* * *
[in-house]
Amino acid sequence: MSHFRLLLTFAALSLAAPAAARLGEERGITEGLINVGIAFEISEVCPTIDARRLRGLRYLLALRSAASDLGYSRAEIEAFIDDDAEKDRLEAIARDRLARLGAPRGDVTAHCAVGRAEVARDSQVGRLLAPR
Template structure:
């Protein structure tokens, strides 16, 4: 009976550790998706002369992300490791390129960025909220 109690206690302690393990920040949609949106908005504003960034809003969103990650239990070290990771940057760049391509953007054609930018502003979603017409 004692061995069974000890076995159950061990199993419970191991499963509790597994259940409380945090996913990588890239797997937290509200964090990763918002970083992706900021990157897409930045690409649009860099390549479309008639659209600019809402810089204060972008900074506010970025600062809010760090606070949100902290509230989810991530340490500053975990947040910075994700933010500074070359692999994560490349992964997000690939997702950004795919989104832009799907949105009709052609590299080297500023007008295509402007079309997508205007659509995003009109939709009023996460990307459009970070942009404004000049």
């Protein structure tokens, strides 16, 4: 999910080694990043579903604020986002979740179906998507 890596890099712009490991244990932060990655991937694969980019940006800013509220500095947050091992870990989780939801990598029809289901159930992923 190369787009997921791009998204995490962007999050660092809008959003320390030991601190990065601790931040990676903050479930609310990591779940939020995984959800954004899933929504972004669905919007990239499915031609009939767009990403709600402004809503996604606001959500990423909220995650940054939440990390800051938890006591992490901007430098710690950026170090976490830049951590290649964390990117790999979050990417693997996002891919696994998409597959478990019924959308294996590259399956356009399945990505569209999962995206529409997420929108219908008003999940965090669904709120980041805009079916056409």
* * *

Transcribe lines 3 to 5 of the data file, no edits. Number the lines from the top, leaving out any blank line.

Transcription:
Template structure:
């Protein structure tokens, strides 16, 4: 009976550790998706002369992300490791390129960025909220 109690206690302690393990920040949609949106908005504003960034809003969103990650239990070290990771940057760049391509953007054609930018502003979603017409 004692061995069974000890076995159950061990199993419970191991499963509790597994259940409380945090996913990588890239797997937290509200964090990763918002970083992706900021990157897409930045690409649009860099390549479309008639659209600019809402810089204060972008900074506010970025600062809010760090606070949100902290509230989810991530340490500053975990947040910075994700933010500074070359692999994560490349992964997000690939997702950004795919989104832009799907949105009709052609590299080297500023007008295509402007079309997508205007659509995003009109939709009023996460990307459009970070942009404004000049």
């Protein structure tokens, strides 16, 4: 999910080694990043579903604020986002979740179906998507 890596890099712009490991244990932060990655991937694969980019940006800013509220500095947050091992870990989780939801990598029809289901159930992923 190369787009997921791009998204995490962007999050660092809008959003320390030991601190990065601790931040990676903050479930609310990591779940939020995984959800954004899933929504972004669905919007990239499915031609009939767009990403709600402004809503996604606001959500990423909220995650940054939440990390800051938890006591992490901007430098710690950026170090976490830049951590290649964390990117790999979050990417693997996002891919696994998409597959478990019924959308294996590259399956356009399945990505569209999962995206529409997420929108219908008003999940965090669904709120980041805009079916056409």